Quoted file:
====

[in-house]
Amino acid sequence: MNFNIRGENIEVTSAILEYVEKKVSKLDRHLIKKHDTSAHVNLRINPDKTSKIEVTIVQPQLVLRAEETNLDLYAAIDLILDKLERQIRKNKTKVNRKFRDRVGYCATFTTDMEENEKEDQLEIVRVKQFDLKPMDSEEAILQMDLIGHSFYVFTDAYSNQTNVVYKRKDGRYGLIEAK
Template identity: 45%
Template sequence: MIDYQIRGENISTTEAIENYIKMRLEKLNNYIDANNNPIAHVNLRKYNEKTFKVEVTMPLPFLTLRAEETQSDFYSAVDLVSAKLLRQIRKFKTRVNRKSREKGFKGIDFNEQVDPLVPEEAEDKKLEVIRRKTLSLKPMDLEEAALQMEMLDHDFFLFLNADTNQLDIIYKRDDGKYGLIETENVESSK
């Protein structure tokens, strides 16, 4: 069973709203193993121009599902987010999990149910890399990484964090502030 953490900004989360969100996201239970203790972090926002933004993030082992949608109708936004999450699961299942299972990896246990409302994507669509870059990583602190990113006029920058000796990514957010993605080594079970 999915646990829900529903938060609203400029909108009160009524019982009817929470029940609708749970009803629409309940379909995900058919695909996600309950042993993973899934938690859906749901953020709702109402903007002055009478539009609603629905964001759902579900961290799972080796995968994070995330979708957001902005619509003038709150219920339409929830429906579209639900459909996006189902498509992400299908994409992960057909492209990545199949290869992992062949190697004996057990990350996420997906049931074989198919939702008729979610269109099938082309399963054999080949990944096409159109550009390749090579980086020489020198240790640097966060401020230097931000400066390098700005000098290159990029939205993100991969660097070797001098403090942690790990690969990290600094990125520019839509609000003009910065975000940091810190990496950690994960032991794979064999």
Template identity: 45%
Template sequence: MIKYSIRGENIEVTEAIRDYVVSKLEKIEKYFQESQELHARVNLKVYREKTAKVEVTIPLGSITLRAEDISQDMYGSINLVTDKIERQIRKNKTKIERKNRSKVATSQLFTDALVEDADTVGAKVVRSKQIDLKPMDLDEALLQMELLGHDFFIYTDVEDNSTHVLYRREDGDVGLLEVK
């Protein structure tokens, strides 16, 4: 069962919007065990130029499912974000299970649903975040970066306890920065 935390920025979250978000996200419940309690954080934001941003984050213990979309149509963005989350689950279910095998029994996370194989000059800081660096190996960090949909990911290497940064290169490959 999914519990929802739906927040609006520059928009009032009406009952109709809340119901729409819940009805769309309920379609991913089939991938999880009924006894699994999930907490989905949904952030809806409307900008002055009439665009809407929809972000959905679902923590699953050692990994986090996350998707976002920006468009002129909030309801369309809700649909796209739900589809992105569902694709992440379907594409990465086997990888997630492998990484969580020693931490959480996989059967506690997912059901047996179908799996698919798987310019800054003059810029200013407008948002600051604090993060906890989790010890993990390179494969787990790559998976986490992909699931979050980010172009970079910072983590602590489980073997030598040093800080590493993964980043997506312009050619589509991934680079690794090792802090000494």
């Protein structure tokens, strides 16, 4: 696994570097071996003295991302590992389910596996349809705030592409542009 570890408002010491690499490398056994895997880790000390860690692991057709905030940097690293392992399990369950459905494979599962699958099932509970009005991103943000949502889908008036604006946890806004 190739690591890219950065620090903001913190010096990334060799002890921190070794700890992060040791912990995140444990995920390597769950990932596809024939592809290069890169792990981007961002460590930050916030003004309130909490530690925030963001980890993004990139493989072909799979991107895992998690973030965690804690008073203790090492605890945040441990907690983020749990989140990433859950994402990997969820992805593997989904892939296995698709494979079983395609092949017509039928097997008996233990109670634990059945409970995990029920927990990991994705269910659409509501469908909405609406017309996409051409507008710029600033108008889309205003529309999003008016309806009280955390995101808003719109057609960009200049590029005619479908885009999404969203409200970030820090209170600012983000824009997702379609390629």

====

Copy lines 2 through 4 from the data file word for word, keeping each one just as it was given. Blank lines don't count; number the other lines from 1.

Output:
Amino acid sequence: MNFNIRGENIEVTSAILEYVEKKVSKLDRHLIKKHDTSAHVNLRINPDKTSKIEVTIVQPQLVLRAEETNLDLYAAIDLILDKLERQIRKNKTKVNRKFRDRVGYCATFTTDMEENEKEDQLEIVRVKQFDLKPMDSEEAILQMDLIGHSFYVFTDAYSNQTNVVYKRKDGRYGLIEAK
Template identity: 45%
Template sequence: MIDYQIRGENISTTEAIENYIKMRLEKLNNYIDANNNPIAHVNLRKYNEKTFKVEVTMPLPFLTLRAEETQSDFYSAVDLVSAKLLRQIRKFKTRVNRKSREKGFKGIDFNEQVDPLVPEEAEDKKLEVIRRKTLSLKPMDLEEAALQMEMLDHDFFLFLNADTNQLDIIYKRDDGKYGLIETENVESSK